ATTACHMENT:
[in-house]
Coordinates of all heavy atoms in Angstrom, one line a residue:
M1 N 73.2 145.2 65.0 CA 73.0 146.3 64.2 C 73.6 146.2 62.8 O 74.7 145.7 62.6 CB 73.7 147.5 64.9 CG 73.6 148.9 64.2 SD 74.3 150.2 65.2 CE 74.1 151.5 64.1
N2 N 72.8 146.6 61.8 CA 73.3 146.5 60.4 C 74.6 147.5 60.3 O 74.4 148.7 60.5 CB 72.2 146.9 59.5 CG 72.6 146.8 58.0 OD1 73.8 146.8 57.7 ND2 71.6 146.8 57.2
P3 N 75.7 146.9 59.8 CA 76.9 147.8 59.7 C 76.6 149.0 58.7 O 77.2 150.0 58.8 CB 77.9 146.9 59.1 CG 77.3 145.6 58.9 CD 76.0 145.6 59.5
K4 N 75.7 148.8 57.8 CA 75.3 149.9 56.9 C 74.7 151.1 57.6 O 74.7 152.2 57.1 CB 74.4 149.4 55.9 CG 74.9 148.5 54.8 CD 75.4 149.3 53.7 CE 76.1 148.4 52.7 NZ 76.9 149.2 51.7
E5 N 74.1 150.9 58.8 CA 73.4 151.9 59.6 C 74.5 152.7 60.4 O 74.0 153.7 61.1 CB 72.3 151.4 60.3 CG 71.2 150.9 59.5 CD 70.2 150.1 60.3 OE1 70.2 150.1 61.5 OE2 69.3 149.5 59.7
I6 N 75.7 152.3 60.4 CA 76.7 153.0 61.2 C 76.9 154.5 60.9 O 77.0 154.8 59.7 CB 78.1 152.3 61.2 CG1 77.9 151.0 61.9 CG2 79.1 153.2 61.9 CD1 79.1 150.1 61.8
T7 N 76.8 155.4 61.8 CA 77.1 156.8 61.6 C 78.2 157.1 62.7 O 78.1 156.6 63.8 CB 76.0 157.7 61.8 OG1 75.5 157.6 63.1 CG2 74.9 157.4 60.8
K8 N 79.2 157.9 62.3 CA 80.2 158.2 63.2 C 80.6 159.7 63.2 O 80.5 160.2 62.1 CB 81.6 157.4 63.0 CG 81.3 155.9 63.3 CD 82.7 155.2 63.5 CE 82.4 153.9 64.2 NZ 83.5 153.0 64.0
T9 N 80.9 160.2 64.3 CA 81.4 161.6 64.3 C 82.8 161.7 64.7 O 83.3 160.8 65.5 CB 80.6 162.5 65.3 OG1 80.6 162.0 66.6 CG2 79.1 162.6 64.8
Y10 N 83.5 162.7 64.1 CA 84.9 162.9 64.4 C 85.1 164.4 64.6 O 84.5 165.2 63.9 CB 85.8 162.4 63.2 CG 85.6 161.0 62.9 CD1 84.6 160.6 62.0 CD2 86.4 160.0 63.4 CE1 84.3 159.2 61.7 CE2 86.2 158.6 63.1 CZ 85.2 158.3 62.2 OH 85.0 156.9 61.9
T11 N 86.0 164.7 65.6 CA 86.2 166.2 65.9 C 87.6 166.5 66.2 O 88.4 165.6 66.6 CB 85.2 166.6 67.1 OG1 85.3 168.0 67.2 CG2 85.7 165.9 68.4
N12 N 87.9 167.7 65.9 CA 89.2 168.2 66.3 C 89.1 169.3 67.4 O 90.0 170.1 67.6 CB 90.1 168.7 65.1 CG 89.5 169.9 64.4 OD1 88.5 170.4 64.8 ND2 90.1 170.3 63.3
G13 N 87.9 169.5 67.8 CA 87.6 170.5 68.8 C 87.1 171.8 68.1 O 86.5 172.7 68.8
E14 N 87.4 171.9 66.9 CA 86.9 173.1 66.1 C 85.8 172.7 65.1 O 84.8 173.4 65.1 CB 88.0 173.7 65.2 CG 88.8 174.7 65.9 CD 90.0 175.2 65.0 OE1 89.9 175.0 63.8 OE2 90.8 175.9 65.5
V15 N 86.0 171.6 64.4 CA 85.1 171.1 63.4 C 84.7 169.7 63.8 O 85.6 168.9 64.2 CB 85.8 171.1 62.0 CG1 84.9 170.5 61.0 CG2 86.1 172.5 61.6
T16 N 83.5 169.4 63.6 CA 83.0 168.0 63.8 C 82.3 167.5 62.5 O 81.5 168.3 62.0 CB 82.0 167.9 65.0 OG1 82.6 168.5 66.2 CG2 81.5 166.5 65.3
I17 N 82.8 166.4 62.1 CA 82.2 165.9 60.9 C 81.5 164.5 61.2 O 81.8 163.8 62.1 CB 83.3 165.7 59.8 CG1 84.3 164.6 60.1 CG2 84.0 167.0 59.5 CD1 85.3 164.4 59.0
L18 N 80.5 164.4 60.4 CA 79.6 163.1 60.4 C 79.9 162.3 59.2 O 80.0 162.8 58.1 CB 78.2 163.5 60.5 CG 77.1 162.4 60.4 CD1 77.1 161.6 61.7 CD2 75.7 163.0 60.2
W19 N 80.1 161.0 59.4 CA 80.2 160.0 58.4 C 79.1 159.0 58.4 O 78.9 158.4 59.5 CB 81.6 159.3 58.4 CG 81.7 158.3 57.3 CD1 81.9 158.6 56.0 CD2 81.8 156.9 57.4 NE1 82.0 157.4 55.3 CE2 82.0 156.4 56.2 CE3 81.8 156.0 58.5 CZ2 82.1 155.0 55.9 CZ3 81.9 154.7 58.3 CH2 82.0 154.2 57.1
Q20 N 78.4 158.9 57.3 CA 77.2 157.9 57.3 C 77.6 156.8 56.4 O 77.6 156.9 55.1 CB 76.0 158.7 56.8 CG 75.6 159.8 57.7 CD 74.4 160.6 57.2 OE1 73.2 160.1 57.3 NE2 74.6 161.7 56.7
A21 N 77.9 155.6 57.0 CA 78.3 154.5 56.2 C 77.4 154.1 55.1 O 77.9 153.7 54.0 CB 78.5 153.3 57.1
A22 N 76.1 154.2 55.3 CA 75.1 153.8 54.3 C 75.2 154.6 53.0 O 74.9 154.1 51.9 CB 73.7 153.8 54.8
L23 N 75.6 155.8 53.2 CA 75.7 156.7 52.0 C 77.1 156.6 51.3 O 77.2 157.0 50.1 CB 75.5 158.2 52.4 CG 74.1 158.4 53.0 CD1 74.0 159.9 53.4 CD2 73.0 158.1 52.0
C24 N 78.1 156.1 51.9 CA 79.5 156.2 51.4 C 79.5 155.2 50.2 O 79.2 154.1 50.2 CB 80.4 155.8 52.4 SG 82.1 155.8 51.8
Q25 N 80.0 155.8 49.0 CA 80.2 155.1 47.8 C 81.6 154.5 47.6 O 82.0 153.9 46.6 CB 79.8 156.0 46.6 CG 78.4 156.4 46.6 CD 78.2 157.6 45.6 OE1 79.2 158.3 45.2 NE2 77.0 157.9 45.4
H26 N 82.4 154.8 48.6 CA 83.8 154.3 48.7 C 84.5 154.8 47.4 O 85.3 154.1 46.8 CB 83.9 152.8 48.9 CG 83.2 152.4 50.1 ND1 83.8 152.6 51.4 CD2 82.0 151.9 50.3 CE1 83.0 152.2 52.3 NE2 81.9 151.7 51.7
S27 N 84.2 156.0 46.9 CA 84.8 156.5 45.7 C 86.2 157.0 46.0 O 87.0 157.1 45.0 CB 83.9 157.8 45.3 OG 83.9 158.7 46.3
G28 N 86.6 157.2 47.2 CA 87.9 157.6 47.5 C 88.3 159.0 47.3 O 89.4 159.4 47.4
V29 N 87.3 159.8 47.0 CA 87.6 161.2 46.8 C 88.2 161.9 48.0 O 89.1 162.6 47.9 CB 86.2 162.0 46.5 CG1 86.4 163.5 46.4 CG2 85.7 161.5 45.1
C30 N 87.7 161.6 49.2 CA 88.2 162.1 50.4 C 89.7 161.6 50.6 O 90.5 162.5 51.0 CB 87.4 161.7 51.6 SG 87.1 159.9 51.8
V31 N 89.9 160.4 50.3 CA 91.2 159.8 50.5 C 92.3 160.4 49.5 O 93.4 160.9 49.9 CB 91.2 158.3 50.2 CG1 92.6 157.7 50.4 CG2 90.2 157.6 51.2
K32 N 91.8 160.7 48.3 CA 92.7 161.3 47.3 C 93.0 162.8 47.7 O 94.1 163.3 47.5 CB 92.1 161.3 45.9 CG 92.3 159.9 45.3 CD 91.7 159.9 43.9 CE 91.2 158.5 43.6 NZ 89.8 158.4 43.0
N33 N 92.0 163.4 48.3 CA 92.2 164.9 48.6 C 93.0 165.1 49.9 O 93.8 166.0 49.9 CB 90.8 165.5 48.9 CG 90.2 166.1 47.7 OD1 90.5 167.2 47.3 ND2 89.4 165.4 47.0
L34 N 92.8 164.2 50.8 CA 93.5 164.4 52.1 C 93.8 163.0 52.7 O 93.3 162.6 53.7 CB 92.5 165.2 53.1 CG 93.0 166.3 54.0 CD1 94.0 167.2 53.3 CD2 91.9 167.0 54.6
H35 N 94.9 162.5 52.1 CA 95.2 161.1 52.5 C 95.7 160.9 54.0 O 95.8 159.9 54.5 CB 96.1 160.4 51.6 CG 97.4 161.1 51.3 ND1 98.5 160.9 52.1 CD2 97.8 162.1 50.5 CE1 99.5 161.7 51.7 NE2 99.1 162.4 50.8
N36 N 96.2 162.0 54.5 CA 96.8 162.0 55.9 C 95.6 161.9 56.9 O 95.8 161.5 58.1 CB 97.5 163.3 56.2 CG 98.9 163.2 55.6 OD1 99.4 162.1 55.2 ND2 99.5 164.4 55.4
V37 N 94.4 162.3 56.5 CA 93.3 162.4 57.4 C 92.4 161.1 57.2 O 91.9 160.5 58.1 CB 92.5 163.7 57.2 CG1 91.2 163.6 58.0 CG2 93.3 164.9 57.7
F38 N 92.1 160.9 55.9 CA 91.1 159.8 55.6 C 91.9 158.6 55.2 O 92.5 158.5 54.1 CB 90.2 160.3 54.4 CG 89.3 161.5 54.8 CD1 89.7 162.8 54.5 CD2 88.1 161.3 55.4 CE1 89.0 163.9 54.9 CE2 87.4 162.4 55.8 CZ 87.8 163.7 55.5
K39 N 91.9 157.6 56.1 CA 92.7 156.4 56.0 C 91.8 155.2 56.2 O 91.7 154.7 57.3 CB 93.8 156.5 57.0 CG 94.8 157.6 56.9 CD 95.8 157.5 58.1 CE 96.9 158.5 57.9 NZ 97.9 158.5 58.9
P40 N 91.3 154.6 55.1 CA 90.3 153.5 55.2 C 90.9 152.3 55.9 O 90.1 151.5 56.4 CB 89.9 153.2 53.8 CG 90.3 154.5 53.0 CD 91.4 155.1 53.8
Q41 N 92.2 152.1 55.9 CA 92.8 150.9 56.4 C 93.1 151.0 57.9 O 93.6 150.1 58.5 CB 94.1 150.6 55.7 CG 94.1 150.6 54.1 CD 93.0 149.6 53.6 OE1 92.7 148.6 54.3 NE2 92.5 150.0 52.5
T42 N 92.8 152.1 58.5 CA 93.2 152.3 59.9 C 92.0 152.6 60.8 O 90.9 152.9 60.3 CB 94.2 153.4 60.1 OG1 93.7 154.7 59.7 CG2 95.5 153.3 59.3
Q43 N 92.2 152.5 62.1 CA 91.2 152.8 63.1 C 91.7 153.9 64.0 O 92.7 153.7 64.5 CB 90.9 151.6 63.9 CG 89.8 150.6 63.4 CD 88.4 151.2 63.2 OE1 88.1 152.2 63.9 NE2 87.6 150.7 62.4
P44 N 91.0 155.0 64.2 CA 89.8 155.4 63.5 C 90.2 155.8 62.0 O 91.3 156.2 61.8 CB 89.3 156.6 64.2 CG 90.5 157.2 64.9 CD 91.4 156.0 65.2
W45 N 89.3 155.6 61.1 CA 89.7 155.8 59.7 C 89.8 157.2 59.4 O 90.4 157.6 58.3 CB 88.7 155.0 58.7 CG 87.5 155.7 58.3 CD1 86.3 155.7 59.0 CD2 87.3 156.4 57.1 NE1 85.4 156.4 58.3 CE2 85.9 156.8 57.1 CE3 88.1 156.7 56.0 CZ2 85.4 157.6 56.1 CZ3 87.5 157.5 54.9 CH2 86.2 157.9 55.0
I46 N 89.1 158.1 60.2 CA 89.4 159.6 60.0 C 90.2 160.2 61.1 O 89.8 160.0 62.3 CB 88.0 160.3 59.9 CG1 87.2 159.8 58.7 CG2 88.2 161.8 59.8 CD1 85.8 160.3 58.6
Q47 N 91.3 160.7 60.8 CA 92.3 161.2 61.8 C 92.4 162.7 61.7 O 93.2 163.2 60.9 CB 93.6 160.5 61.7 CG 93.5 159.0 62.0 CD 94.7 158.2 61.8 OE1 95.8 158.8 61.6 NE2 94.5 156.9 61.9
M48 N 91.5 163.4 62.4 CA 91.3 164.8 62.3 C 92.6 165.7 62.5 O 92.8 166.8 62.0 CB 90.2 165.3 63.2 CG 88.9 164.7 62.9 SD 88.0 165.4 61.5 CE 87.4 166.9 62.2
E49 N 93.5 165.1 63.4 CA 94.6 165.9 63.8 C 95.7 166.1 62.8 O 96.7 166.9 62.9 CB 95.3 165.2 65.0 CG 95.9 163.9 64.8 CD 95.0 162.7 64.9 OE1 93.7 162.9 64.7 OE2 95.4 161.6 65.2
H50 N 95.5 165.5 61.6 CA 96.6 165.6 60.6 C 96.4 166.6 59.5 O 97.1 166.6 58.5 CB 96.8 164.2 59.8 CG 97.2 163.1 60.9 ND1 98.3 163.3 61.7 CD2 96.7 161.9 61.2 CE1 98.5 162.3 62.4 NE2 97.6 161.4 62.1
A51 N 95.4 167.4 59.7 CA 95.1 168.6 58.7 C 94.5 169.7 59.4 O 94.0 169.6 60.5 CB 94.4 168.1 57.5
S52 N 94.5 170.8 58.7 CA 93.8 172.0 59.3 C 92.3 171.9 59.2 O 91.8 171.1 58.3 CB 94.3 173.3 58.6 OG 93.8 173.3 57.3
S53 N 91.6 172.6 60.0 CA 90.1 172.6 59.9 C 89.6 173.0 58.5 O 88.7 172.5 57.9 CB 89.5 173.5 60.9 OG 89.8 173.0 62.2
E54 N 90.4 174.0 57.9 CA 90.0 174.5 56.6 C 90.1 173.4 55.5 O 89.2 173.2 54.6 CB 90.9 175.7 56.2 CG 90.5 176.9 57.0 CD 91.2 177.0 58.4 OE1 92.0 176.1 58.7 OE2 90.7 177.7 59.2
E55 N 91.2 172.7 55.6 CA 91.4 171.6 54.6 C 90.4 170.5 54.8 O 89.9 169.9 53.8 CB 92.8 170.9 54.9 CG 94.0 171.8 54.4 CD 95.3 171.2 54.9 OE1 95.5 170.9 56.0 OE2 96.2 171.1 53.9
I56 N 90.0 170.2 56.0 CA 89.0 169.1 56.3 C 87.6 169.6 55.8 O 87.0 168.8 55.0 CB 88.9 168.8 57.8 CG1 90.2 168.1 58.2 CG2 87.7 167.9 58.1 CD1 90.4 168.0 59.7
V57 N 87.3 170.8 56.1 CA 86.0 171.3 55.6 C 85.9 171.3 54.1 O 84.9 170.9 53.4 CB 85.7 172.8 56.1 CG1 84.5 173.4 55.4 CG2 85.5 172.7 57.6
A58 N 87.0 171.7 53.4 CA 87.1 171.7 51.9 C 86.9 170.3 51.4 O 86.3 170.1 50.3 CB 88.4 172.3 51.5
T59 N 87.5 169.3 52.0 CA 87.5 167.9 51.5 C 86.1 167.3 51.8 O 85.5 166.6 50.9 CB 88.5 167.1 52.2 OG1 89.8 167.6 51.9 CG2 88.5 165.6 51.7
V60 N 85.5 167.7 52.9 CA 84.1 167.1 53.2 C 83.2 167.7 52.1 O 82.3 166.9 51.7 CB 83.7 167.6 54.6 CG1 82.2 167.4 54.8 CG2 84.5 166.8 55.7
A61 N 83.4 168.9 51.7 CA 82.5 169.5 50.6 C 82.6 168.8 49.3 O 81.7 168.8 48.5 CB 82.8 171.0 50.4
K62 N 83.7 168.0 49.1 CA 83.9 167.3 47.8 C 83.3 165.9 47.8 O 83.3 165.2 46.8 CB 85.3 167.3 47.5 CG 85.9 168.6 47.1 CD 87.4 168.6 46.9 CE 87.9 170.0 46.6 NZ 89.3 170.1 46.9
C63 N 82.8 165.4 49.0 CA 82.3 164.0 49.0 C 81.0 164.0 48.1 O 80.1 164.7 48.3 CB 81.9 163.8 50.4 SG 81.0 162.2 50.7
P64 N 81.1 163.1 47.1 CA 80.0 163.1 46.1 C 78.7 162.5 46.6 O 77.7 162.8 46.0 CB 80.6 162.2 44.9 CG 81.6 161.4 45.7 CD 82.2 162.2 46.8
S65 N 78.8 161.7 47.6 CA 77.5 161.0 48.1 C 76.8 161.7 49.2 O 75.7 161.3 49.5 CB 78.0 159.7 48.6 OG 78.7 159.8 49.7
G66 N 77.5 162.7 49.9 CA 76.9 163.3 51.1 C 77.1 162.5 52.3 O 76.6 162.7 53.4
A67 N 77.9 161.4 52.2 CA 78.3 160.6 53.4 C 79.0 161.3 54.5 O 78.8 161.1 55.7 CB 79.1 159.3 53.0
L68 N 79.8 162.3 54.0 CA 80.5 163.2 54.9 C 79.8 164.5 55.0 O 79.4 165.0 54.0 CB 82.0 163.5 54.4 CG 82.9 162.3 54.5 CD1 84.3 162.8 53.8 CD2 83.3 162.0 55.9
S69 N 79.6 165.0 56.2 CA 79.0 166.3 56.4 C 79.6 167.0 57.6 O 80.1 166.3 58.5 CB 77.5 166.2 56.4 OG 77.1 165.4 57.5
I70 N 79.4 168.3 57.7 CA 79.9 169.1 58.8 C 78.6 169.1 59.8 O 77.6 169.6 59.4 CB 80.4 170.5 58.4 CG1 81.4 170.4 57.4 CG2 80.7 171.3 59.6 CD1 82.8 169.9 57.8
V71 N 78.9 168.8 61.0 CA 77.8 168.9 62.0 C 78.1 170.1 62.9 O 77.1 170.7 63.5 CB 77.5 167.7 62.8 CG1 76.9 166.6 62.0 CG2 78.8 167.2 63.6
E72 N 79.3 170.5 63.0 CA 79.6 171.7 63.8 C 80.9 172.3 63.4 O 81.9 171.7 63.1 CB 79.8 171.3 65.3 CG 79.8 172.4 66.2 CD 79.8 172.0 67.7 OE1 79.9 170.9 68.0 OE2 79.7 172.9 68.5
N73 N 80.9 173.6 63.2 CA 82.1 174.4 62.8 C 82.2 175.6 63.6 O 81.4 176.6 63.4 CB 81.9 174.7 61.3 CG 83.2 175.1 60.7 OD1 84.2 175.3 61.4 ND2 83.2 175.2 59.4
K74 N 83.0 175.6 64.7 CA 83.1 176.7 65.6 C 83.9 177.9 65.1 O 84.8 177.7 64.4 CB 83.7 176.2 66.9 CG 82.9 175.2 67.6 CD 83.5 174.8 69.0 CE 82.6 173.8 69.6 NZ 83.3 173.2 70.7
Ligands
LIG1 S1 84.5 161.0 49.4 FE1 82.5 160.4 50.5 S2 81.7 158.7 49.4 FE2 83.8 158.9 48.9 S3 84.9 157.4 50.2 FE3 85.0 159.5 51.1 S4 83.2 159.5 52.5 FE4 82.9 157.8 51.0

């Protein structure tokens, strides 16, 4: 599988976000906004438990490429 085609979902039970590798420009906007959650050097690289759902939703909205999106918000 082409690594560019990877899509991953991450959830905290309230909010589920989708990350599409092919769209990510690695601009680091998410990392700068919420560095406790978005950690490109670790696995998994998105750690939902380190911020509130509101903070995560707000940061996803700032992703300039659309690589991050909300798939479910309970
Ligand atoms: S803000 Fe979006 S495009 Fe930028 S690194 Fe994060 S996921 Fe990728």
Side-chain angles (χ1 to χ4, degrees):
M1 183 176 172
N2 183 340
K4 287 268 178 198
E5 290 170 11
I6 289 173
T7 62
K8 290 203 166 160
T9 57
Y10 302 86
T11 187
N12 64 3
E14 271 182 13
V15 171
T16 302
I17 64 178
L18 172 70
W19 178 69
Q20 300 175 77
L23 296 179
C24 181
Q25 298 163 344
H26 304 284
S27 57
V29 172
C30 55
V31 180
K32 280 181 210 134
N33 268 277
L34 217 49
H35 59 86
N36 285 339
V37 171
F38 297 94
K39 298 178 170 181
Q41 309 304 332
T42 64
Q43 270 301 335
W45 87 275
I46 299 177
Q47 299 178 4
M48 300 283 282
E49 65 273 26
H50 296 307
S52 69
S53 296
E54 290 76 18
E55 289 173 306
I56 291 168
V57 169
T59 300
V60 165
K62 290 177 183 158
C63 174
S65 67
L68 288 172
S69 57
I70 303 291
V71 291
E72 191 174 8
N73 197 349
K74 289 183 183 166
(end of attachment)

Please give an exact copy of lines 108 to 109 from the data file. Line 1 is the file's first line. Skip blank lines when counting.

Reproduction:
K32 280 181 210 134
N33 268 277